8. “Take care of yourself: When you don’t sleep, eat crap, don’t exercise, and are living off adrenaline for too long, your performance suffers. Your decisions suffer. Your company suffers. Love those close to you: Failure of your company is not failure in life. Failure in your relationship is.” ― Ev Williams, co-founder of Medium and Twitter

9. “You will never feel truly satisfied by work until you are satisfied by life.” ― Heather Schuck, The Working Mom Manifesto

10. “A time for everything: a time to relax and a time to be busy, a time to frolic and a time to labor, a time to receive and a time to give, a time to begin and a time to finish.” — Jonathan Lockwood Huie, The Philosopher of Happiness

11. “You’re probably wondering what I mean by ‘The Pillars of Your Life,’ right? Well, this is simple. It’s the things that make your life what it is. The things or people that make you, you. There’s work, family, your hobby, your art and your traditions. Except some of us have wonky pillars. Some of us give one pillar too much to hold, and the others not enough. One’s too tall, whilst the others are too small. Therefore we become unstable, and sometimes everything comes crashing down.” — S.R. Crawford, My Suffering: 25 Ways To Break The Chains Of Anxiety, Depression, & Stress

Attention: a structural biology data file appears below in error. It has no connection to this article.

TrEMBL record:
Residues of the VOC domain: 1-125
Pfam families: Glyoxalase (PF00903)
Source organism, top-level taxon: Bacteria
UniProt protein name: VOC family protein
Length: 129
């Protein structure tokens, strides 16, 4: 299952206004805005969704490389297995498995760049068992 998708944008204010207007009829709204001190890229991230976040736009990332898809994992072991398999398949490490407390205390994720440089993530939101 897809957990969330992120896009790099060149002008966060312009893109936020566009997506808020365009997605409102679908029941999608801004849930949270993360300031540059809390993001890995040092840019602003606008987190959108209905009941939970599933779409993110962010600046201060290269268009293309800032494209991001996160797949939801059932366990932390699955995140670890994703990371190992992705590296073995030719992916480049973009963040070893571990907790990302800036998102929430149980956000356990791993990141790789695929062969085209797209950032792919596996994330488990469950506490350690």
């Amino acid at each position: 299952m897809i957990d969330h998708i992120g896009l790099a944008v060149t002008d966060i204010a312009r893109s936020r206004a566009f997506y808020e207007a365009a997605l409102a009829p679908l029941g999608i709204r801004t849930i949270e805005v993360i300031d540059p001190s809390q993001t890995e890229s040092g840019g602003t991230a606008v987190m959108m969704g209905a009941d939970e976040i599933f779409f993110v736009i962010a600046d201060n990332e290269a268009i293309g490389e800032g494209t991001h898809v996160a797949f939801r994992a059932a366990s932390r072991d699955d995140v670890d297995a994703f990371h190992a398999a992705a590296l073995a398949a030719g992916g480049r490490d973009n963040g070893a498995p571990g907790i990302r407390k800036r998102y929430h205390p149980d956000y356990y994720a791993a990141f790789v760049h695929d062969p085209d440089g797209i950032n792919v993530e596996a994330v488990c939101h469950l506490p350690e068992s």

12. “Most people chase success at work, thinking that will make them happy. The truth is that happiness at work will make you successful.” — Alexander Kjerulf, The Chief Happiness Officer

13. “We think, mistakenly, that success is the result of the amount of time we put in at work, instead of the quality of time we put in.” — Arianna Huffington, co-founder and editor-in-chief of The Huffington Post

14. “When you’re gone, would you rather have your gravestone say, ‘He never missed a meeting’? Or one that said, ‘He was a great father.’” — Steve Blank, The Startup Owner’s Manual

15. “Work is a rubber ball. If you drop it, it will bounce back. The other four balls — family, health, friends, integrity — are made of glass. If you drop one of these, it will be irrevocably scuffed, nicked, perhaps even shattered.” — Gary Keller, founder of Keller Williams Realty International

How Can You Work Hard and Play Hard?

You can work hard and play hard if you follow these steps.

1. Ask for Flexibility or Telecommute

A report on telecommuting in the United States from FlexJobs and Global Workplace Analytics, 2017 State of Telecommuting in the U.S. Employee Workforce, found that 3.9 million U.S. employees who make up 2.9 percent of the total U.S. workforce work from home at least half of the time. In fact, there’s been a 115 percent increase in telecommuting between 2005 to 2015 (up from 1.8 million in 2005). Perhaps the increase is because working from home is an attractive opportunity, never mind the fact that the average annual income of telecommuters is $4,000 per year higher than those who work on-site.